Tag: mike horn

Imagine living on an island by yourself for four years.


Imagine living on an island by yourself for four years.

There is no one to talk to apart from birds and penguins, and the closest town is a six-hour boat ride away. Intriguingly, it’s the reality of Marlene – a woman we met at Dassen Island this afternoon while navigating to our next shark tagging spot.

“I’m not a people person,” she told us, while showing us around her backyard. “I get to see people sometimes, about once a month.”

The rest of the time she walks laps around the island to count bird colonies, some of which are endangered. To get there we had to sail for several hours while whales, sea lions and dolphins followed Pangaea.

It was a peaceful end to a day that started in a rush. We got woken up by the sound of marine scientists trying to catch sharks at the back of the sailboat at 5am. Still rubbing our sleepy eyes, we made our way to the navigation room where we started our anchor watch.

The following hours were exciting as we tagged four more sharks, bringing our total to nine on this trip. Dr Alison Kock and her team took advantage of our different skills to help tag the sharks and record our findings. It was more hands-on than yesterday but we enjoyed getting out of our comfort zones, even jumping into the sharky water for a swim afterwards.

We also convinced Marlene to get out of her comfort zone and invited her to join us for dinner onboard before she returned to her beloved, beautiful paradise.

By Andrea Lavarello and Shaya Laughlin

Poem: A Shark Date

Shark project in Cape Town, South Africa  with Alison and her team from shark spotters on board of Pangaea with Mike Horn and Young Explores.
Setting sail for Robben Island!

The sun began peeking up through the sky,

We looked back at the table and bade it goodbye.

Within the sails the southern wind played,

As we headed for Robben Island where Mandela stayed.


Onto our lines we hooked on our bait,

With the seven gill sharks we made a date.

They fell for our charm and devilish good looks,

Until we had their data signed in our books


Into their abdomen we inserted a tag,

To track every place their tails would wag.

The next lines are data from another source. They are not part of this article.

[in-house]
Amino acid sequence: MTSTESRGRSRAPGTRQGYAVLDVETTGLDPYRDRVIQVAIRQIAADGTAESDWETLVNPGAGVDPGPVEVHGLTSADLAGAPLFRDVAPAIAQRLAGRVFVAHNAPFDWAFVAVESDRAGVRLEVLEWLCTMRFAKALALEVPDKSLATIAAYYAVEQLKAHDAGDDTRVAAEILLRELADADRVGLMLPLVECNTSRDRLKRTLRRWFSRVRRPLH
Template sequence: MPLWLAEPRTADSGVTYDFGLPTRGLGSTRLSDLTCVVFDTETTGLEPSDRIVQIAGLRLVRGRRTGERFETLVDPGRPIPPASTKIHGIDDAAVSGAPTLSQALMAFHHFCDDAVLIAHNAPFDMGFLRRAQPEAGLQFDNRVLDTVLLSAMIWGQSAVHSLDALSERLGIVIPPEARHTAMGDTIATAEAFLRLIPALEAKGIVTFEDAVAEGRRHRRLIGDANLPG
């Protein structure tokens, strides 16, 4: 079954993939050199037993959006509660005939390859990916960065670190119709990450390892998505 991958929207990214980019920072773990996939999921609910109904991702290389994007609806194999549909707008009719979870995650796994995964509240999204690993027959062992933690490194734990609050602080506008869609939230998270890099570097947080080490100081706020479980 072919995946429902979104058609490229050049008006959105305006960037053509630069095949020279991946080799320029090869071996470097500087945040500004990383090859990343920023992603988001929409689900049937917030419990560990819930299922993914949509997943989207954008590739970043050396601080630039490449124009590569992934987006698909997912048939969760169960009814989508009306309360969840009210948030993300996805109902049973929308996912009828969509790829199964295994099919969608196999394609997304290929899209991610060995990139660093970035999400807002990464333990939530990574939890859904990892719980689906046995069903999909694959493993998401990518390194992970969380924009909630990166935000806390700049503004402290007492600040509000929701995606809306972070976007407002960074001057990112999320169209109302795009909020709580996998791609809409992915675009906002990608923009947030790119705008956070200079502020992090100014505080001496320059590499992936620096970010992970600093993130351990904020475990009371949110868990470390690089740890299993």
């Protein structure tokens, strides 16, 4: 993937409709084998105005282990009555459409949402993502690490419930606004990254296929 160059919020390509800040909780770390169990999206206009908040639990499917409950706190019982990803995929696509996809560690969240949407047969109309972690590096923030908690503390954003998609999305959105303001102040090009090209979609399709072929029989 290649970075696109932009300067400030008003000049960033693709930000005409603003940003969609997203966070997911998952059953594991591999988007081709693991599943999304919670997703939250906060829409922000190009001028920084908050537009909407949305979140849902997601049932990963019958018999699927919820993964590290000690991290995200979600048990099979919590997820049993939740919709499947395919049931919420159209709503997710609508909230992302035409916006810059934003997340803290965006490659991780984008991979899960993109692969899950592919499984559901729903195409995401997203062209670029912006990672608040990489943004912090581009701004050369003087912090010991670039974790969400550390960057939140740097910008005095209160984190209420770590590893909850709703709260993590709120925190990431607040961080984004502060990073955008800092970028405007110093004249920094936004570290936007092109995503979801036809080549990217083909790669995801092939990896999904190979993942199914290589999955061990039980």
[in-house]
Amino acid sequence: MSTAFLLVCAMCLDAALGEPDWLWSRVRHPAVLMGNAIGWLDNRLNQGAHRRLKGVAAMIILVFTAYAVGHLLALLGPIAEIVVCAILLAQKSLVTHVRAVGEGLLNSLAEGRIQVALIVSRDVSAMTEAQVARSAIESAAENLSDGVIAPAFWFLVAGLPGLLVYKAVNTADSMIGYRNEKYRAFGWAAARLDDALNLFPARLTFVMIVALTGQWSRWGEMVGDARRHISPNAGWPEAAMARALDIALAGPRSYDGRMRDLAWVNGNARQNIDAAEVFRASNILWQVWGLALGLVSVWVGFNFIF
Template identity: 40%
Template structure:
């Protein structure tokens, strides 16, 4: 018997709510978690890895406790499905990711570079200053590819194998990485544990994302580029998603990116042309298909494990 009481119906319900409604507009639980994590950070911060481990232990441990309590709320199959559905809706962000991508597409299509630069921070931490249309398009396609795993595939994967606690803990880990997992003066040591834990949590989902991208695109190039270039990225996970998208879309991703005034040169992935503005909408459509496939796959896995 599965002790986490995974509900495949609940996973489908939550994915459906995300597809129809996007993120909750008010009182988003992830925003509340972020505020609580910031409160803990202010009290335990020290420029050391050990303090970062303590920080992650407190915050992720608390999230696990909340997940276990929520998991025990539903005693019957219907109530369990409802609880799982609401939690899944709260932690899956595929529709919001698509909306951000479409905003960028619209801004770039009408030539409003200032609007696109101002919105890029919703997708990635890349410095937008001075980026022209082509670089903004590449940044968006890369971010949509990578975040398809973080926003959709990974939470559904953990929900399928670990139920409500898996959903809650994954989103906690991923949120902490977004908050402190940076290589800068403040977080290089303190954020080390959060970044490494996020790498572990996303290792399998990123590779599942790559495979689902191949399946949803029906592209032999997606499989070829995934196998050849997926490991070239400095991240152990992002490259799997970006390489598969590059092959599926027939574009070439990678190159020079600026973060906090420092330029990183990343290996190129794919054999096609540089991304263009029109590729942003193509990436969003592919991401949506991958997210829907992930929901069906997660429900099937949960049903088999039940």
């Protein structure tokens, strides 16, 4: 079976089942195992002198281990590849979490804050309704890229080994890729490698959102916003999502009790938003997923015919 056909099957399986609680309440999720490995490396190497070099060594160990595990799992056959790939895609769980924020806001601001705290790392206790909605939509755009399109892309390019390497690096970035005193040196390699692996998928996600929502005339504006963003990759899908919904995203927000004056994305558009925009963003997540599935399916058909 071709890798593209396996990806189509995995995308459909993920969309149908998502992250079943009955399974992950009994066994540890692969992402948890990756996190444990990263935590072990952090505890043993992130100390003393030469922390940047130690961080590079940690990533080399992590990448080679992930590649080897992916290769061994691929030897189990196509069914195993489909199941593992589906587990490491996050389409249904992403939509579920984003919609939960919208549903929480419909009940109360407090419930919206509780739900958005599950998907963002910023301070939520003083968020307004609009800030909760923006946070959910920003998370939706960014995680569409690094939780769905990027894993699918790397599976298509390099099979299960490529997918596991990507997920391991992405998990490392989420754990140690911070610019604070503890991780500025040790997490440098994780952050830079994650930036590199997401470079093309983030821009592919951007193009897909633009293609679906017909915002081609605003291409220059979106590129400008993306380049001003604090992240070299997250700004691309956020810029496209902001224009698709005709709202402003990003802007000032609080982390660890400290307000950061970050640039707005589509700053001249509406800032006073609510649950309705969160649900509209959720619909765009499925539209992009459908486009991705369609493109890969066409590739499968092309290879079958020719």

The date was short it was time to go,

With a push and a shove we said later bro.


No time to be sad no time to despair,

Because date number two was already there.

We repeated the process and by the end of the day,

We had lots of sharks being tagged on their way.


The cherry on top of Tim’s birthday cake,

Was seeing dolphins and whales in the boat’s wake.

In wonder we watched as the sun receded,

Content and happy with expectations exceeded.


Lani van Niekerk & Shruthi Vijayakumar


Shark project in Cape Town, South Africa  with Alison and her team from shark spotters on board of Pangaea with Mike Horn and Young Explores.
Sailing is hard work!


Shark project in Cape Town, South Africa  with Alison and her team from shark spotters on board of Pangaea with Mike Horn and Young Explores.
Arriving at the anchoring spot next to Robben Island.


Shark project in Cape Town, South Africa  with Alison and her team from shark spotters on board of Pangaea with Mike Horn and Young Explores.
Putting bait on the line to attract broadnose seven gill sharks.


Shark project in Cape Town, South Africa  with Alison and her team from shark spotters on board of Pangaea with Mike Horn and Young Explores.
Our first catch! A male broadnose sevengill shark that is 1.9 metres in length.


Shark project in Cape Town, South Africa  with Alison and her team from shark spotters on board of Pangaea with Mike Horn and Young Explores.
The shark is brought on board in order to complete the tagging procedure. In order to keep the shark in good shape we keep water running through its mouth and over the gills so that the shark can continue breathing.


Shark project in Cape Town, South Africa  with Alison and her team from shark spotters on board of Pangaea with Mike Horn and Young Explores.
This species of shark has seven gills, whereas most species only have five gills.


Shark project in Cape Town, South Africa  with Alison and her team from shark spotters on board of Pangaea with Mike Horn and Young Explores.
The shark is held down to prevent it from thrashing and causing injuries. We then measure its length and girth.


Shark project in Cape Town, South Africa  with Alison and her team from shark spotters on board of Pangaea with Mike Horn and Young Explores.
A small incision is made in the shark’s abdomen. An audio tag is placed under the skin in order to track the shark’s movements. These tags communicate with receivers that are on the ocean floor. The receivers are retrieved and the data gets downloaded and used to analyse behavioural patterns.


Shark project in Cape Town, South Africa  with Alison and her team from shark spotters on board of Pangaea with Mike Horn and Young Explores.
The last step is to gently remove the hook from the shark’s mouth.


Shark project in Cape Town, South Africa  with Alison and her team from shark spotters on board of Pangaea with Mike Horn and Young Explores.
The shark is lowered back into the water in a hammock. It is important to ensure that the shark is in a good enough shape to swim away by itself. The tagging process is then completed.